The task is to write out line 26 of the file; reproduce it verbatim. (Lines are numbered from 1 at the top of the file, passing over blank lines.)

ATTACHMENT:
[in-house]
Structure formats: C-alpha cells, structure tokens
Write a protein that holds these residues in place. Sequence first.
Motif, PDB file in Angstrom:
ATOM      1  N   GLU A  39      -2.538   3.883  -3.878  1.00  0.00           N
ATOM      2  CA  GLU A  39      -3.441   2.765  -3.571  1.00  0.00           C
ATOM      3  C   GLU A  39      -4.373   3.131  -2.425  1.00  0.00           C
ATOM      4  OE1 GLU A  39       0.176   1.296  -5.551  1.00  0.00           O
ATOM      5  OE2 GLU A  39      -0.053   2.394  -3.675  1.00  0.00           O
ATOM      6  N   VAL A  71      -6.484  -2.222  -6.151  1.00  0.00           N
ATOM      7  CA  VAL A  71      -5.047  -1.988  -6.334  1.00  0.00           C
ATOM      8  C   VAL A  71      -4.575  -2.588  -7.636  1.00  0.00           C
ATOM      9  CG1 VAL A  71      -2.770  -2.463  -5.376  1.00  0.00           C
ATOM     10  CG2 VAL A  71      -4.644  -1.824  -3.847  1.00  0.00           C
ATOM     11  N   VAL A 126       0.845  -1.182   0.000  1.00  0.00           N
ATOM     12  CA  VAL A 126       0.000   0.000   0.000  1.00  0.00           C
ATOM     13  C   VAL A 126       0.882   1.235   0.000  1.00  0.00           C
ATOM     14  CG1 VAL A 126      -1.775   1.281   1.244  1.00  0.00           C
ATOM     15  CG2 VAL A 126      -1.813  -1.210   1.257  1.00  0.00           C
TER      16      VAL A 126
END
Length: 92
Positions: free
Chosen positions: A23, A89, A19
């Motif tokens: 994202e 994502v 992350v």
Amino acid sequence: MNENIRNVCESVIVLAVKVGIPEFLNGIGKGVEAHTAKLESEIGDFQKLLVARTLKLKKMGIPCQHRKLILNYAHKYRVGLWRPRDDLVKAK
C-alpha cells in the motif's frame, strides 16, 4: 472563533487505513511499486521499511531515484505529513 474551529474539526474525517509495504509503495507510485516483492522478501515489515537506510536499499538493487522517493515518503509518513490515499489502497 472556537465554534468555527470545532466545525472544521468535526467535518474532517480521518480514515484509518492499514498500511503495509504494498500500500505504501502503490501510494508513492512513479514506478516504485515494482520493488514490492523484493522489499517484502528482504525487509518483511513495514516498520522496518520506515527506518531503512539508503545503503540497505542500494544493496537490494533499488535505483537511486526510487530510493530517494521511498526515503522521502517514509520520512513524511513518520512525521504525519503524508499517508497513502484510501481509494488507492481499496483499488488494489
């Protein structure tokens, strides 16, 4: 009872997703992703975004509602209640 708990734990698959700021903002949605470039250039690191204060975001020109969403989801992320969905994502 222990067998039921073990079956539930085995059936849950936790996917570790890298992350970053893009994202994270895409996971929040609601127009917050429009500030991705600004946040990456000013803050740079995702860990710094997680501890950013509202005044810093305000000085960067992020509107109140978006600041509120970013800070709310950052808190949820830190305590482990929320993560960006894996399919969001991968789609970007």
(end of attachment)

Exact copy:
Amino acid sequence: MNENIRNVCESVIVLAVKVGIPEFLNGIGKGVEAHTAKLESEIGDFQKLLVARTLKLKKMGIPCQHRKLILNYAHKYRVGLWRPRDDLVKAK